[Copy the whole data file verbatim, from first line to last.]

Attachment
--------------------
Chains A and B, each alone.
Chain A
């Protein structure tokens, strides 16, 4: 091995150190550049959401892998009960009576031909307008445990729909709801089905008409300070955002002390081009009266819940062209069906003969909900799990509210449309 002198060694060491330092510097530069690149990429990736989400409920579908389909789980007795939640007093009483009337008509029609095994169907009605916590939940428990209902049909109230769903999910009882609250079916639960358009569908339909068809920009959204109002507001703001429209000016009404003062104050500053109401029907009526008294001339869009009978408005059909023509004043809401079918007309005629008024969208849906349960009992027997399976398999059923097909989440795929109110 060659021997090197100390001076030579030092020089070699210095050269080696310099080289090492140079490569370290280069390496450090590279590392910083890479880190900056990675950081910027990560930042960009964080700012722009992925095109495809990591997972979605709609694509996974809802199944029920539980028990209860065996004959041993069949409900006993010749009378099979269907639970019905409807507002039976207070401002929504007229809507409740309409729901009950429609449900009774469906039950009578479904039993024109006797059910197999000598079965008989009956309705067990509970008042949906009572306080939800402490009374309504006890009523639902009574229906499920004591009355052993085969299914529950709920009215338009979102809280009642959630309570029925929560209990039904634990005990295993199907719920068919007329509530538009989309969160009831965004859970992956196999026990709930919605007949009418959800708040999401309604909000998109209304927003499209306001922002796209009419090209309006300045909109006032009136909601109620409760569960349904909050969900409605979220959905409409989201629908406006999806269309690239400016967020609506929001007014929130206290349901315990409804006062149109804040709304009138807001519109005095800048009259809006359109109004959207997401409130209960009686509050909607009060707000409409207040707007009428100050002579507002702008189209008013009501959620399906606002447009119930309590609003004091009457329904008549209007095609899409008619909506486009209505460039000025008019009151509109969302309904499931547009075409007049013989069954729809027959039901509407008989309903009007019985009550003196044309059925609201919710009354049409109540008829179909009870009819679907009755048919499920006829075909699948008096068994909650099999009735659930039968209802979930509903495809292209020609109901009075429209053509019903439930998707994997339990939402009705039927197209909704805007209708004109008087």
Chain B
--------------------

Chains A and B, each alone.
Chain A
């Protein structure tokens, strides 16, 4: 091995150190550049959401892998009960009576031909307008445990729909709801089905008409300070955002002390081009009266819940062209069906003969909900799990509210449309 002198060694060491330092510097530069690149990429990736989400409920579908389909789980007795939640007093009483009337008509029609095994169907009605916590939940428990209902049909109230769903999910009882609250079916639960358009569908339909068809920009959204109002507001703001429209000016009404003062104050500053109401029907009526008294001339869009009978408005059909023509004043809401079918007309005629008024969208849906349960009992027997399976398999059923097909989440795929109110 060659021997090197100390001076030579030092020089070699210095050269080696310099080289090492140079490569370290280069390496450090590279590392910083890479880190900056990675950081910027990560930042960009964080700012722009992925095109495809990591997972979605709609694509996974809802199944029920539980028990209860065996004959041993069949409900006993010749009378099979269907639970019905409807507002039976207070401002929504007229809507409740309409729901009950429609449900009774469906039950009578479904039993024109006797059910197999000598079965008989009956309705067990509970008042949906009572306080939800402490009374309504006890009523639902009574229906499920004591009355052993085969299914529950709920009215338009979102809280009642959630309570029925929560209990039904634990005990295993199907719920068919007329509530538009989309969160009831965004859970992956196999026990709930919605007949009418959800708040999401309604909000998109209304927003499209306001922002796209009419090209309006300045909109006032009136909601109620409760569960349904909050969900409605979220959905409409989201629908406006999806269309690239400016967020609506929001007014929130206290349901315990409804006062149109804040709304009138807001519109005095800048009259809006359109109004959207997401409130209960009686509050909607009060707000409409207040707007009428100050002579507002702008189209008013009501959620399906606002447009119930309590609003004091009457329904008549209007095609899409008619909506486009209505460039000025008019009151509109969302309904499931547009075409007049013989069954729809027959039901509407008989309903009007019985009550003196044309059925609201919710009354049409109540008829179909009870009819679907009755048919499920006829075909699948008096068994909650099999009735659930039968209802979930509903495809292209020609109901009075429209053509019903439930998707994997339990939402009705039927197209909704805007209708004109008087």
Chain B